Look what you made them do: Taylor Swift fans are still furious with Ticketmaster and they’re suing the company for antitrust violations

December 5, 2022, 4:47 PM UTC
Photo of Taylor Swift
Taylor Swift fans are suing Ticketmaster.
Amy Sussman—Getty Images

The Swiftie army is mobilizing against Ticketmaster.

On the heels of a disastrous pre-sale incident, which saw the company abandon plans for regular ticket sales, more than two dozen Taylor Swift fans have sued the ticket giant, saying it violated antitrust laws and unfairly imposed higher prices on fans for seats to Swift’s “The Eras Tour.”

The fans are looking to give voice (and seek penalties for) the millions of fans who never even got a chance to attempt to buy a ticket.

“Ticketmaster is a monopoly that is only interested in taking every dollar it can from a captive public,” the complaint reads.

Ticketmaster was forced to cancel its general sale of tickets for Swift’s 2023 Eras tour on Nov. 17, citing “extraordinarily high demand” during the pre-sales. Pre-sales for the 52 shows began two days prior for “verified” fans of the pop star, but ended in chaos and frustration for countless people when some verification codes failed and bots overwhelmed the system.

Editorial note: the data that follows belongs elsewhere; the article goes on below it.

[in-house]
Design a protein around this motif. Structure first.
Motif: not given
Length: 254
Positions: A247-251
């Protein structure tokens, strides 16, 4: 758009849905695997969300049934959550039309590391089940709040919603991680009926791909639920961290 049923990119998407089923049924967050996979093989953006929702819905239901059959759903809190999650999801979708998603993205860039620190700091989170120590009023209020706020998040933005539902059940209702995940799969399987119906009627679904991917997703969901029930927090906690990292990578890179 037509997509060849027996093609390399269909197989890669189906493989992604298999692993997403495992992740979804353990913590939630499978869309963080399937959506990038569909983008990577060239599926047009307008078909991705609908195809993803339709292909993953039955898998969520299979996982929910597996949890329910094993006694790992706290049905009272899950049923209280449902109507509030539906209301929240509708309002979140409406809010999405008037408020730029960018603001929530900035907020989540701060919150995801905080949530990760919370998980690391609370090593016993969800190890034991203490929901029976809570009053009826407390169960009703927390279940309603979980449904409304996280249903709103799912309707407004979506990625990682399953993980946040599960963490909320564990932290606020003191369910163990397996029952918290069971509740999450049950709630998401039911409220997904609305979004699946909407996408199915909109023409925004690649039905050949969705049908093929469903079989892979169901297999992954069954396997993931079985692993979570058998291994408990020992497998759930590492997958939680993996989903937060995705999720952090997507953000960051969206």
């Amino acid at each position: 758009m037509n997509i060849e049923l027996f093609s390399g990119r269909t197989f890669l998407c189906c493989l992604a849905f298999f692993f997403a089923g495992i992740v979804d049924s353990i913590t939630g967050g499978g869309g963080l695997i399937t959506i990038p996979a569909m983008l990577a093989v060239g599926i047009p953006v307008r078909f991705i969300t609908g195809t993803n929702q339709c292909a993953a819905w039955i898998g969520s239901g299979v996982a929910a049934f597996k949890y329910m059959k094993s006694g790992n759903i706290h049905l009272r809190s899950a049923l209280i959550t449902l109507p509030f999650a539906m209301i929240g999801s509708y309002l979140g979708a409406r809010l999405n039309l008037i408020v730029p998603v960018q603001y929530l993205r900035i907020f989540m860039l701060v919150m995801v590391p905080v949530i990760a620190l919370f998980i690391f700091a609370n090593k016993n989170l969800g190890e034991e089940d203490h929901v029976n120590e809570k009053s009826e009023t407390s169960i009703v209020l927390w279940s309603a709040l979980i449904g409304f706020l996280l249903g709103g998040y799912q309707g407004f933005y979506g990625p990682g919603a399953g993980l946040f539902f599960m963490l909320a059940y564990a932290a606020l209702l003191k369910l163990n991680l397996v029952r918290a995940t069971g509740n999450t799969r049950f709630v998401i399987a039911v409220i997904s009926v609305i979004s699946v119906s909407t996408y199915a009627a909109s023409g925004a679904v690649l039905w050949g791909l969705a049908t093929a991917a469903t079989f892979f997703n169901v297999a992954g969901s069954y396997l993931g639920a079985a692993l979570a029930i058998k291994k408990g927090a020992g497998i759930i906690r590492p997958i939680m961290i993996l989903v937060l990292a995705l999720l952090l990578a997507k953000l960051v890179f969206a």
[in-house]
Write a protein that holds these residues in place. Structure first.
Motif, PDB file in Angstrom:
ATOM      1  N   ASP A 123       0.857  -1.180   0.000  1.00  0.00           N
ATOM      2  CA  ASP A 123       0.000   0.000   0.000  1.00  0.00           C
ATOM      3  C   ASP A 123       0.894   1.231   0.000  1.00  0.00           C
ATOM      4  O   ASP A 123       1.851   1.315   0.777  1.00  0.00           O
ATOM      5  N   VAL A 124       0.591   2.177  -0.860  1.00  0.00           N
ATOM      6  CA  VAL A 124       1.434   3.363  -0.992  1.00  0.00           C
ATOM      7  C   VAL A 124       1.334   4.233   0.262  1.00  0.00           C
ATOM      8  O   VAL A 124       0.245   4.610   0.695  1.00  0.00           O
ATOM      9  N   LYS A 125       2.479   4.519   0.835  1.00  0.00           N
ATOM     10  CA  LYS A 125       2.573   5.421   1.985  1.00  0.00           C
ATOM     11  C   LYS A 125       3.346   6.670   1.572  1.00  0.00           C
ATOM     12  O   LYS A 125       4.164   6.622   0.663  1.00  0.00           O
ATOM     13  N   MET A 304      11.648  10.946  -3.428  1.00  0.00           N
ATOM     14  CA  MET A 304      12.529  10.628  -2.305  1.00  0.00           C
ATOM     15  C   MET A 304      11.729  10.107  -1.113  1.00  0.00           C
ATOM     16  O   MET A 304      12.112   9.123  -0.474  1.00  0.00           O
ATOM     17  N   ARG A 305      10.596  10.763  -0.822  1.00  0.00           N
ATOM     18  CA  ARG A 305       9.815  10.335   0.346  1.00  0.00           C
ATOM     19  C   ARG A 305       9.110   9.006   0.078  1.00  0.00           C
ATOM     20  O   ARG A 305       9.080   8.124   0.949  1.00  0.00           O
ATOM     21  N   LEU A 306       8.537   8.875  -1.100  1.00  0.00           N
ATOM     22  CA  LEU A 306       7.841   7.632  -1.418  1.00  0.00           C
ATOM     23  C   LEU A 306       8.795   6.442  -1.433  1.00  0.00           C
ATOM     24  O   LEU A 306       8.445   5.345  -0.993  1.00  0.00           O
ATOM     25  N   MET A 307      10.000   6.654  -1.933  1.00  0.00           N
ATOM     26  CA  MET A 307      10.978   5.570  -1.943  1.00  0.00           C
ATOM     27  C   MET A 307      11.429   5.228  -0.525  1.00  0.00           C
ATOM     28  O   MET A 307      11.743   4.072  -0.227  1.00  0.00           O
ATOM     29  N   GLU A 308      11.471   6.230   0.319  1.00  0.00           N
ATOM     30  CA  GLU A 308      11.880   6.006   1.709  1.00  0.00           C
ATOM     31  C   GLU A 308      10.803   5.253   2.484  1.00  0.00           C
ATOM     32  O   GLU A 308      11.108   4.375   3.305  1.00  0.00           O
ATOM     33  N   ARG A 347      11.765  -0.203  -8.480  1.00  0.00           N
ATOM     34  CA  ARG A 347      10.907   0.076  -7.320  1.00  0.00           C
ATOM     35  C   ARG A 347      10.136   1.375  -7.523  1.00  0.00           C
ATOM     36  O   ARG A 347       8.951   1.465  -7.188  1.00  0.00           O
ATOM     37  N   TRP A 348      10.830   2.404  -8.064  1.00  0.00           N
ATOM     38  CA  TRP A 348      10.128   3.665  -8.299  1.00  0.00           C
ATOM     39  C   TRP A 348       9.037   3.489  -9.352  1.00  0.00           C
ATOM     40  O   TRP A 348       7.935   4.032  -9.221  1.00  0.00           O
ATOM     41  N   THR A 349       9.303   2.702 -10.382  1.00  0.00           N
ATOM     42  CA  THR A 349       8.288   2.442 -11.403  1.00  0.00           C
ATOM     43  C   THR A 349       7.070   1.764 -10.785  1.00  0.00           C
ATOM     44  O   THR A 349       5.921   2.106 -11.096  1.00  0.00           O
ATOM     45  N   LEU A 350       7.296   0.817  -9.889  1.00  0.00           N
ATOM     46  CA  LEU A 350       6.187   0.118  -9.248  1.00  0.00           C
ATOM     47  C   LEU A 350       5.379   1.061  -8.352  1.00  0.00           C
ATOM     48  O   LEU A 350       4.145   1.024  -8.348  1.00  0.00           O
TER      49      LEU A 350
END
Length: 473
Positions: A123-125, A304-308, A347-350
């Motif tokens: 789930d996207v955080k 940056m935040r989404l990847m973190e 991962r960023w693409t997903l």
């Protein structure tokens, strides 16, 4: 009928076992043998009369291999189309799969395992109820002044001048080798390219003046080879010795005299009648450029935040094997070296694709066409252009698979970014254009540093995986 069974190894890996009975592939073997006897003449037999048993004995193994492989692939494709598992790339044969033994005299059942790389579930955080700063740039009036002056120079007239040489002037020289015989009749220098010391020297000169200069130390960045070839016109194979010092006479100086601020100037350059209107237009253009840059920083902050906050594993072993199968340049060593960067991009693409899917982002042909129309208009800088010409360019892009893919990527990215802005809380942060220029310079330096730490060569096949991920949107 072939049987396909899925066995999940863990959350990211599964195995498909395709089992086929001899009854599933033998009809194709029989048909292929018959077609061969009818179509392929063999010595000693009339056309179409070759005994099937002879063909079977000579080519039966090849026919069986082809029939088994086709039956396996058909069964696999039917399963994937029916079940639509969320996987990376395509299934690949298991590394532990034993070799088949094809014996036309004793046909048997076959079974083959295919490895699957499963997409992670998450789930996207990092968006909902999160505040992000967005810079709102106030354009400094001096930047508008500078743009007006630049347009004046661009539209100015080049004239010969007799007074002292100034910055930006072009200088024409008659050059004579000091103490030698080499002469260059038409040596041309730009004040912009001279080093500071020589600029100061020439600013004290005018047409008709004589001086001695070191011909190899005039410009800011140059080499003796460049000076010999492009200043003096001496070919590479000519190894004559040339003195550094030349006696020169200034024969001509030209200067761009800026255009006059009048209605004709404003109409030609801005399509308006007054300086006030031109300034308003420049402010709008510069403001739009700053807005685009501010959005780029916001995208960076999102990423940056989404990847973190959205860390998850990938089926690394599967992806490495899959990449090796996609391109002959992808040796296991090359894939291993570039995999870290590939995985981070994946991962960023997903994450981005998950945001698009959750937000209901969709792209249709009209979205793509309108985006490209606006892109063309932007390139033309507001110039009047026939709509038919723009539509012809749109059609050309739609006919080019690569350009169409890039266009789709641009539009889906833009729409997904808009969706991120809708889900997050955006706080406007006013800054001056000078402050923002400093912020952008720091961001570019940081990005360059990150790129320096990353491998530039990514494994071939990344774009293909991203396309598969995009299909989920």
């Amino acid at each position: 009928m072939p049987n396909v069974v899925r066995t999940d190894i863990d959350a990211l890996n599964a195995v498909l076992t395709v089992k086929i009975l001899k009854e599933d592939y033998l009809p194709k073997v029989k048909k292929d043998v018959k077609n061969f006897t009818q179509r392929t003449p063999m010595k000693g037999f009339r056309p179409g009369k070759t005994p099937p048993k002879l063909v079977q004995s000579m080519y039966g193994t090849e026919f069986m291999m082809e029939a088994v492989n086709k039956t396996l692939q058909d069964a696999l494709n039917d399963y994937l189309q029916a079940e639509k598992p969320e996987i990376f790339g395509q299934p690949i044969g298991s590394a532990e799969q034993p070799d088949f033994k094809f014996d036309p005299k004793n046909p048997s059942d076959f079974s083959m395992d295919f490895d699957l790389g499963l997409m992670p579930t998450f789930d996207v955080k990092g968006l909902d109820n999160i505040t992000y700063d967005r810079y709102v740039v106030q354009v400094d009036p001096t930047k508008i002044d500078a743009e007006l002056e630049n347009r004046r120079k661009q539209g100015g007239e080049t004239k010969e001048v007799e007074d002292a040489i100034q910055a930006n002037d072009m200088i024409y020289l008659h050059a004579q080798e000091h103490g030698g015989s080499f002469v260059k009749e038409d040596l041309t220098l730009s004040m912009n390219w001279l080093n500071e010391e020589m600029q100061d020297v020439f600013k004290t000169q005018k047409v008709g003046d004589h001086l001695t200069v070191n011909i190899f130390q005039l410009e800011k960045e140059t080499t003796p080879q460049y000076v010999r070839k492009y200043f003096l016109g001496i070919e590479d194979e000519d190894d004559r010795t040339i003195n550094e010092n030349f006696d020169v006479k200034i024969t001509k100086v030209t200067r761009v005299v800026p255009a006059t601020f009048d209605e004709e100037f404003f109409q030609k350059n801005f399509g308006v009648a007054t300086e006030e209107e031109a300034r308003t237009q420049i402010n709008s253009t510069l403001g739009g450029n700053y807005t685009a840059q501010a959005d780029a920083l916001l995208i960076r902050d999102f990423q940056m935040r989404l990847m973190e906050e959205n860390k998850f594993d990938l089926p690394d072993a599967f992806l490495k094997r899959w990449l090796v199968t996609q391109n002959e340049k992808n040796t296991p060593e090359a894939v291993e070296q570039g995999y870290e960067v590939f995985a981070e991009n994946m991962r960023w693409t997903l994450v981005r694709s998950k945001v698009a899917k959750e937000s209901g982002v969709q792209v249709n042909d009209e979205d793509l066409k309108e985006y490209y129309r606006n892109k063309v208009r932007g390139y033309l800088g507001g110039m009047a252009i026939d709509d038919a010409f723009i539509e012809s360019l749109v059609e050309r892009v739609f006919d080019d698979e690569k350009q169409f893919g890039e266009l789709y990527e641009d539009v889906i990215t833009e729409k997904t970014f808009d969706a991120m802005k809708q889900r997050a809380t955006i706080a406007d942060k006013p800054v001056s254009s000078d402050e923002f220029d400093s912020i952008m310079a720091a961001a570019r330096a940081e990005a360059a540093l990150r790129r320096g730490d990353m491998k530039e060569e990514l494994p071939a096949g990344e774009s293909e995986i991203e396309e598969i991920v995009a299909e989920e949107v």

Ticketmaster has tried to shake off the incident, apologizing to fans, but it launched a political movement against the company, with some big names, including U.S. Rep. Alexandria Ocasio-Cortez, pointing fans to where complaints could be made with the U.S. Department of Justice and several state attorneys general announcing investigations.

The lawsuit alleges Ticketmaster forced fans to use its site, since it has agreements with large stadiums in the tour, which gave Swift “no choice” but to work with the company.

“Millions of fans waited up to eight hours and were unable to purchase tickets as a result of insufficient ticket releases,” the lawsuit said. “Ticketmaster intentionally provided codes when it could not satisfy demands.”

Live Nation, the parent firm of Ticketmaster, said in a Nov. 19 statement it “takes its responsibilities under the antitrust laws seriously and does not engage in behaviors that could justify antitrust litigation, let alone orders that would require it to alter fundamental business practices.”

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